UPDATE | Numbers released after week-long 'Move Over' campaign
More than 1,600 tickets were written in Ohio alone during a week-long initiative aimed at enforcing and raising awareness about the "Move Over" law.
Six different agencies participated in the week-long initiative from July 21 to July 27, including Indiana State Police, Kentucky State Police, Michigan State Police, Pennsylvania State Police, West Virginia State Police, and the Ohio State Highway Patrol.
According to troopers, 1,681 tickets were written to drivers in Ohio.
“I commend the Ohio State Highway Patrol and their out-of-state partners for their work to educate drivers about this important law,” Ohio Gov. Mike DeWine said. “By simply moving over and slowing down, drivers can prevent serious accidents and make our roads safer for those working and driving on them.”
Ohio law requires all drivers to move over to an adjacent lane when approaching any vehicle with flashing or rotating lights parked on the roadside.
If moving over isn't possible, drivers are asked to slow down and proceed with caution.
The "Move Over" law now exists is all 50 states.
To see a map of where tickets were written,
Every time a law enforcement officer steps out of their cruiser, they are stepping in to danger and unknown possibilities, even at a traffic stop.
"There's a myriad of things that could happen in a split second," said Ohio State Highway Patrol trooper Austin Hall. "I'm constantly looking at traffic, making sure no one is coming close to me. I would rather my focus be on that vehicle."
This week, troopers in Ohio, Kentucky, West Virginia, and three other states are participating in an awareness campaign on their states' respective laws about moving over a lane as you approach an emergency vehicle pulled off to the side of the road with their lights on.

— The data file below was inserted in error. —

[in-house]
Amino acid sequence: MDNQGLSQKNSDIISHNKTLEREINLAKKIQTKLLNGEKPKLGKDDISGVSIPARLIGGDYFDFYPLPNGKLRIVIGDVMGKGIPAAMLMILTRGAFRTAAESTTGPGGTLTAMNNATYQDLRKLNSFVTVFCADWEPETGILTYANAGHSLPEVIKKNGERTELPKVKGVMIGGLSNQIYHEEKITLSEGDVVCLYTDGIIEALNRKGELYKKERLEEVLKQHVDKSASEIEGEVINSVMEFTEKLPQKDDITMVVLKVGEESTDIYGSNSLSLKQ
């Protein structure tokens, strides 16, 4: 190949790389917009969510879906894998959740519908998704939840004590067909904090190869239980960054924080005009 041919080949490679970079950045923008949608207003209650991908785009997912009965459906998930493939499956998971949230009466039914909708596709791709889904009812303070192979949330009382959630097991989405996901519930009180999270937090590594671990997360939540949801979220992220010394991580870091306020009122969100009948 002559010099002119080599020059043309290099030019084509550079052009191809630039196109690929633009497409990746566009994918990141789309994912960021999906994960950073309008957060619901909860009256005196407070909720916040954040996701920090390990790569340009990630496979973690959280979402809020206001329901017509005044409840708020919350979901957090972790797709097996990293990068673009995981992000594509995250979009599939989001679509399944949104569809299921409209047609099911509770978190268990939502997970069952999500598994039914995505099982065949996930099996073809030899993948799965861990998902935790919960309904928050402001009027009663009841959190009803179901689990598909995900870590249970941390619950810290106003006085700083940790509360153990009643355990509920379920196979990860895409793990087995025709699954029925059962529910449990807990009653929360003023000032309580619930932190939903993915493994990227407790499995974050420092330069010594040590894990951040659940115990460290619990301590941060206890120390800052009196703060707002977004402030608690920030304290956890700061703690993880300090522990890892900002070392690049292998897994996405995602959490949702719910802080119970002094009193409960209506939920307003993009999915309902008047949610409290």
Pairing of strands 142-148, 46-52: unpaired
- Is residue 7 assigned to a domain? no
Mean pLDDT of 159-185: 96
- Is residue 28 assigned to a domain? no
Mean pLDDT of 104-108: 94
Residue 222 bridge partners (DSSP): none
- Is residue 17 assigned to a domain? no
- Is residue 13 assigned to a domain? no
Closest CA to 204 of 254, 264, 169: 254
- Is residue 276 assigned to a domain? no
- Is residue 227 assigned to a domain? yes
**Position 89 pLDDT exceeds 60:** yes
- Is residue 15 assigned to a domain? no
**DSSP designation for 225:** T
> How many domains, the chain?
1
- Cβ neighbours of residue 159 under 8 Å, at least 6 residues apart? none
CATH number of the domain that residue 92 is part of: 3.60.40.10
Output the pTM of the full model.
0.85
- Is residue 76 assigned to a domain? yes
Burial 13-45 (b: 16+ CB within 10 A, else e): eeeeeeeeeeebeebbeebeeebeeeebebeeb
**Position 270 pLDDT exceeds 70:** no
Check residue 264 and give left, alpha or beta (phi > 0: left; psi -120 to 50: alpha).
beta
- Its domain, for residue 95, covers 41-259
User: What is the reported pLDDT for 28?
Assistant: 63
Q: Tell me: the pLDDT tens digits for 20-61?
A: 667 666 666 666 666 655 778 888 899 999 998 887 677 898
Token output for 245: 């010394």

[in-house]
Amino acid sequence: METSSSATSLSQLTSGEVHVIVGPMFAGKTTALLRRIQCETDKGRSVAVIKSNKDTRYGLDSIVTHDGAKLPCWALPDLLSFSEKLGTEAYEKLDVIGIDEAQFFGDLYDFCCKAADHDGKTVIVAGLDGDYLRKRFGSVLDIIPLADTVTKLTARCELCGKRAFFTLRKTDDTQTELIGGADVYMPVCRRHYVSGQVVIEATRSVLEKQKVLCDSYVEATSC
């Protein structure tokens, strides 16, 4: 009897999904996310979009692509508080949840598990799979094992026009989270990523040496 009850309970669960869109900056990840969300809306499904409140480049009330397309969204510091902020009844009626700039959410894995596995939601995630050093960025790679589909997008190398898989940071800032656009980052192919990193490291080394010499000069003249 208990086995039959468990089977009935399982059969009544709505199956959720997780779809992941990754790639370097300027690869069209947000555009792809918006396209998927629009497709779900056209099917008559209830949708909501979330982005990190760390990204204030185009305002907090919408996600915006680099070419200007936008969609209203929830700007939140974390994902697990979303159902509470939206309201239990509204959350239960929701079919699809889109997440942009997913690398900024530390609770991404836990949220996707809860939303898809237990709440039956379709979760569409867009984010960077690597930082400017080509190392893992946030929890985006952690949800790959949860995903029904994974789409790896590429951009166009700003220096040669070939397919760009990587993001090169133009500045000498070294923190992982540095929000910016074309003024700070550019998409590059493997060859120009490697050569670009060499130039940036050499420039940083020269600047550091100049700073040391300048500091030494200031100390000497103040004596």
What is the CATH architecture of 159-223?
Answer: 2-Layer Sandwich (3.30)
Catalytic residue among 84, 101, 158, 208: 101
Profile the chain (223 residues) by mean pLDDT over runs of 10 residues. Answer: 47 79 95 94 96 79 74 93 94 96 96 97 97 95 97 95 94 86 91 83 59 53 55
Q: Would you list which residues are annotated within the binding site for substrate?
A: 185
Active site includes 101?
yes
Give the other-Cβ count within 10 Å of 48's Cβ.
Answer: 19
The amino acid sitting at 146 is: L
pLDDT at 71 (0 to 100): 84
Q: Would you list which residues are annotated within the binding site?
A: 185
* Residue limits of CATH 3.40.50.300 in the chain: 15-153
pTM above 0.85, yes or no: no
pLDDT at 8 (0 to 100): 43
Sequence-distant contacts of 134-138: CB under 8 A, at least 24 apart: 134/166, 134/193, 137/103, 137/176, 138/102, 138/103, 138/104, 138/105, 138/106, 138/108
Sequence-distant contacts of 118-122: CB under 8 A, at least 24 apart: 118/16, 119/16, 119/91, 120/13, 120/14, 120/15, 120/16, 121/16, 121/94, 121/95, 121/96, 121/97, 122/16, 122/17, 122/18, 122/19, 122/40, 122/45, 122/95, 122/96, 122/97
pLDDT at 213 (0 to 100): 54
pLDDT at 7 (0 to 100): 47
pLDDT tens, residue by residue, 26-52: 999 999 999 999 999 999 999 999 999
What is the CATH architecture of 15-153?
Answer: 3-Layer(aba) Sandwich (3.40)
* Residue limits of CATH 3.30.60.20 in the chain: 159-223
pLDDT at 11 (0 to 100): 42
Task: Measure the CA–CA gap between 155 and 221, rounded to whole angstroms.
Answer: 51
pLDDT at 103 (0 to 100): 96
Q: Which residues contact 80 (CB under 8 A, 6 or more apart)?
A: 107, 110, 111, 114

"Our law enforcement officers and roadway workers risk their lives every day serving the citizens of Ohio," said Gov. Mike DeWine. "They are vulnerable while working on the side of the road, which is why it's so very important that drivers do their part to help keep them safe by moving over and slowing down."
Trooper Hall says it's a common occurrence, too. Driver's usually give the same excuses after they have been stopped.
"Not familiar with the law, couldn't get over in time, just wasn't paying attention."
Hall says whatever the reason, it doesn't matter. Failure to move over is an automatic citation in Ohio. He adds even if you are unaware that it is against the law, moving over should just be a common courtesy.
"Even if you didn't know the law, and you see someone out there working on the side of the highway, out protecting people and saving lives, I think it is a common courtesy, like 'Hey maybe I don't want to drive by these people going 60 when there's a whole other lane that I could be driving in," Hall said.
From 2014 to 2018, Ohio troopers were involved in 56 crashes that appear to be related to the "Move Over" law.
In that same time, more that 18,000 citations were issued for violations because drivers didn't move over. Troopers in Lawrence County, Ohio, issued more than 170 citations during that time. There were 88 in Gallia, 85 in Jackson, and only five in Vinton.
Hall says troopers realize it's not always possible for cars to get over. If that is the case, you should slow down as you pass the cruiser.